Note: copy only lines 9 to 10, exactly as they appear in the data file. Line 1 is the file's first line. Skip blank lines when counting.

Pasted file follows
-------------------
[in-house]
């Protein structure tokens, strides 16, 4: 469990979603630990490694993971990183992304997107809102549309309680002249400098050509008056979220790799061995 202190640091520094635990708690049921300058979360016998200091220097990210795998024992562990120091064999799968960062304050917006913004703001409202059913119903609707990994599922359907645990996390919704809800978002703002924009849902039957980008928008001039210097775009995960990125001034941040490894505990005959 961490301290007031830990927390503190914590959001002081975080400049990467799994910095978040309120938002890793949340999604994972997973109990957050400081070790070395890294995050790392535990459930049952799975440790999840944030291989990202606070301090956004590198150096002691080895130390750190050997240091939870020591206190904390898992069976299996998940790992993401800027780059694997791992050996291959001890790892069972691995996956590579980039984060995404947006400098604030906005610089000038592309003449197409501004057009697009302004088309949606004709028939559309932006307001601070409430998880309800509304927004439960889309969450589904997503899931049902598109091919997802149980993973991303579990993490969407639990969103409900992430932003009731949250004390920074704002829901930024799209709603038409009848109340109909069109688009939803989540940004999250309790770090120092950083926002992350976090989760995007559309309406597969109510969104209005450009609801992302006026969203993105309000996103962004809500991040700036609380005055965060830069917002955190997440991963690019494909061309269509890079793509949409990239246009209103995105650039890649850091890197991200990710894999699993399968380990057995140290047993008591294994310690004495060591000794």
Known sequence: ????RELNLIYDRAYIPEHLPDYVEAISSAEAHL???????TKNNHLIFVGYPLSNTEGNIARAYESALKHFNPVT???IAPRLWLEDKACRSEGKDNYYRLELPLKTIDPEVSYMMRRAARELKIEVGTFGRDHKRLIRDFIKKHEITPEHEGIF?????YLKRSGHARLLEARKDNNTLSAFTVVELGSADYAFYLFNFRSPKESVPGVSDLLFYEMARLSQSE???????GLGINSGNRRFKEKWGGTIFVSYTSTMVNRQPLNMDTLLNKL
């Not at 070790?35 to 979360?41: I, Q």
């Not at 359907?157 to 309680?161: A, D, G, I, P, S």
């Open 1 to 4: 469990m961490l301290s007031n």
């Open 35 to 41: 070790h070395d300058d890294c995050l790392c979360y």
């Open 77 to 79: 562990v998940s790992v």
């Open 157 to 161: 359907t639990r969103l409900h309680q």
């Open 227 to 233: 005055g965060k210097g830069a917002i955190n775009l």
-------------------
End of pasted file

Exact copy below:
């Open 157 to 161: 359907t639990r969103l409900h309680q």
């Open 227 to 233: 005055g965060k210097g830069a917002i955190n775009l």